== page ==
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Norway

The use of Norway’s Royal Train carriage sparks national debate


Photo: Oskar Aanmoen/Royal Central

The use of Norway’s Royal Train carriage has sparked a national debate as a result of the country’s railway reform. Due to a change in the way the railway system is run, a museum has taken over the ownership of the carriage, created a great debate in Norway.

Åge-Christoffer Lundeby, communications manager for Norway’s largest train-company VY, said: “It is stupid to have a carriage that cannot be used. The carriage must be a real offer to the royal family.”

The carriage has been replaced over the years. The one used today dates back to 1994 and was redecorated in 2001. It offers high comfort, with its own lounge, a dining room, a sleeping room and a workroom for The King. For a single trip, the wagon can be connected to its own locomotive or it can be connected to a regular train set in normal scheduled traffic. However, in 2015, the Norwegian railway was reformed. Responsibility for various parts of the railway was distributed amongst a large number of companies. This has made it more complicated to use the royal train carriage.

Labour parliamentarian Sverre Myrli has heavily criticised the complexity of handling the royal carriage. He has always believed that the railway reform has resulted in an unnecessarily complicated and responsibility-powdered train services. Last week, he asked the following question to the Minister of Transport: “Who owns the royal carriage? Who is responsible for operating the carriage after the train traffic has been put out to tender, to various operators? How is the operation of the trolley financed? And which of the many actors now on the railway must be involved when the carriage is to be used?”.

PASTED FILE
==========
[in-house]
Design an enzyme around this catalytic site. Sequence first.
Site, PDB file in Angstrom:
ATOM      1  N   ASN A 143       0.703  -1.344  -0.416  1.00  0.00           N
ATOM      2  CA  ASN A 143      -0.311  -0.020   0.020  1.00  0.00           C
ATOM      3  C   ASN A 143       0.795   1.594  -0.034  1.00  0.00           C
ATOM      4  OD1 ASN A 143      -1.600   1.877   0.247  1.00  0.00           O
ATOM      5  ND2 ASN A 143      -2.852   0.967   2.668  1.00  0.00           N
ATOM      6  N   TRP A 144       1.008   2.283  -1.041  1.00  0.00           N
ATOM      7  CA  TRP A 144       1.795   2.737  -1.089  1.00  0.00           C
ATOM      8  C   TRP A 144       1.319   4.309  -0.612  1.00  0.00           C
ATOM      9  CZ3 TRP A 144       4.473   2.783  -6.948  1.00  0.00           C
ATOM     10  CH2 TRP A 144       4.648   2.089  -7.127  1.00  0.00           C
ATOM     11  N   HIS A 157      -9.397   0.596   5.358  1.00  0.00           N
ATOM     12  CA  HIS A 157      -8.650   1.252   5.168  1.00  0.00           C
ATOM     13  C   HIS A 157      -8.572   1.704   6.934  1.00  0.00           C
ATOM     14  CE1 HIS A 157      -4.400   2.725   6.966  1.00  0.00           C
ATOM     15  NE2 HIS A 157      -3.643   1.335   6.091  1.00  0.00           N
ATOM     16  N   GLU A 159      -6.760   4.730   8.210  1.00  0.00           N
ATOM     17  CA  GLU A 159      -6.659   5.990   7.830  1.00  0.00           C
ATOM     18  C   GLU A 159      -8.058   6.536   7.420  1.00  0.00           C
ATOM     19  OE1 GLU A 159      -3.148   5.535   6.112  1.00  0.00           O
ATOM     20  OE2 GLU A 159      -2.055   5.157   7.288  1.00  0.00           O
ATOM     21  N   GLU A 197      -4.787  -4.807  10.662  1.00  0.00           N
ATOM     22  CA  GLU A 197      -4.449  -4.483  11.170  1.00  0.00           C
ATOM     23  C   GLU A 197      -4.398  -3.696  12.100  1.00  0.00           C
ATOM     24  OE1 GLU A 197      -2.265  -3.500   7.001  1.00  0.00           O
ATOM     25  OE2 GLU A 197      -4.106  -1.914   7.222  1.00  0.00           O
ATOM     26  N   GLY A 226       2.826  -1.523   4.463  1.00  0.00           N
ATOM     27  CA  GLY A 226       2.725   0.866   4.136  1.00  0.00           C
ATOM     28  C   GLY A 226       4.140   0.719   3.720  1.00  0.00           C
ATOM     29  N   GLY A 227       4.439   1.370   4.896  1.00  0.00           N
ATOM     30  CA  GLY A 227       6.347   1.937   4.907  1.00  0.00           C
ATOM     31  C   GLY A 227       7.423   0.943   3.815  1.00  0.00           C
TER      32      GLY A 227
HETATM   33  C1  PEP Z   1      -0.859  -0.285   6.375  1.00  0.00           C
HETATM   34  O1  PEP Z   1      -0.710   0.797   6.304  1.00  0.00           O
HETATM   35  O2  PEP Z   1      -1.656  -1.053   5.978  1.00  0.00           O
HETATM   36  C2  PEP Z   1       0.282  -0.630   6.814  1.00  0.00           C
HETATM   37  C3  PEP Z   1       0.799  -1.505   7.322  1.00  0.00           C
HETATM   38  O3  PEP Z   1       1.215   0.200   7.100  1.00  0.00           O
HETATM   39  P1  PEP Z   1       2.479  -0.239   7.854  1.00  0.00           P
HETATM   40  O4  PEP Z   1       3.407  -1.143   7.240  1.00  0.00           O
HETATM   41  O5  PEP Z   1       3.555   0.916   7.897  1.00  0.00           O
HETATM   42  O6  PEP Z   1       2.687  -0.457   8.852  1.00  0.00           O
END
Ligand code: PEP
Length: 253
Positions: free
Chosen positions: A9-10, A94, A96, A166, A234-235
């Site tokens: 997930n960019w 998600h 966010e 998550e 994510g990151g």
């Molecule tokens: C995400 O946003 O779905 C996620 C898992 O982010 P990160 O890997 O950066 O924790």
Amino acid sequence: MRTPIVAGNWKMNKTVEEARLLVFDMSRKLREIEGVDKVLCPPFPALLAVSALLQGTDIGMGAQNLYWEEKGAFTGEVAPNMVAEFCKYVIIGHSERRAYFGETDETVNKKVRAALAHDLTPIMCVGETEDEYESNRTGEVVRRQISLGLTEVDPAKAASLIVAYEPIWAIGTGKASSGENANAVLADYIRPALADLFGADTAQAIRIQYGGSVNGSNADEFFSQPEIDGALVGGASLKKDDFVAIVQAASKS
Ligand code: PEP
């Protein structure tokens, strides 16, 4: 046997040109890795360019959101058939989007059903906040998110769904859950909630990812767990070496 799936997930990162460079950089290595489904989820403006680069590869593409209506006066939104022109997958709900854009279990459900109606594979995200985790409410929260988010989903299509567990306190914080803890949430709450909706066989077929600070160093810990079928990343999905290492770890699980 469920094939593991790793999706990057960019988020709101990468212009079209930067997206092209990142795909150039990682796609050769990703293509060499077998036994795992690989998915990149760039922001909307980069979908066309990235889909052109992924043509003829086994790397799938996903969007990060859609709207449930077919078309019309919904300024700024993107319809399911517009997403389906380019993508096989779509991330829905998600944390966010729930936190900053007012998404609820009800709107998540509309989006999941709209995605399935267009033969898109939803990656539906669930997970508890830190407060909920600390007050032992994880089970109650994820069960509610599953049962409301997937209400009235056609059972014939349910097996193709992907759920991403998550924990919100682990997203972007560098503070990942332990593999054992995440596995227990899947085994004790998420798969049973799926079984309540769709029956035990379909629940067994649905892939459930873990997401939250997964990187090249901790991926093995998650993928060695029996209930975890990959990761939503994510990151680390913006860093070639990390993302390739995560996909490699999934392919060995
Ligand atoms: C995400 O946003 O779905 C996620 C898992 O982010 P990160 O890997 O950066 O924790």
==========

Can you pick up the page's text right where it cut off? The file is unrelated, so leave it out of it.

Knut Aril Hareide, Minister of Transport, answered: “It is the train-company ‘Vy’ who today owns the royal carriage. Operations and administration have until today partly been financed through traffic agreements between the state at the Norwegian Railway Directorate. But this only applies until further notice. According to the plan, the carriage will be transferred to the Railway Museum in Hamar during this year. In the future, the museum will be responsible for its operation. When the museum takes over ownership and operational responsibility, the use of the royal carriage will be agreed between the museum and the operator on the relevant section – on request from the Palace».

The debate has lately been heated as the opposition believes that this will make it difficult for the royals to use the train carriage when they need it. Hamar train museum, where the train car will be located, is one and a half hours by train away from the capital city of Oslo, where the royals are usually located. The Norwegian Royal Family has said they want to use the train more in the future to help limit emissions with their cars, something they have been strongly praised for. The Norwegian government has repeatedly specified that the royals will be allowed to use the carriage as often as they want at no extra cost, even though the carriage will now be owned by a museum.

About author

Senior Europe Correspondent Oskar Aanmoen has a master in military and political history of the Nordic countries. He has written six books on historical subjects and more than 1.500 articles for Royal Central. He has also interview both Serbian and Norwegian royals. Aanmoen is based in Oslo, Norway.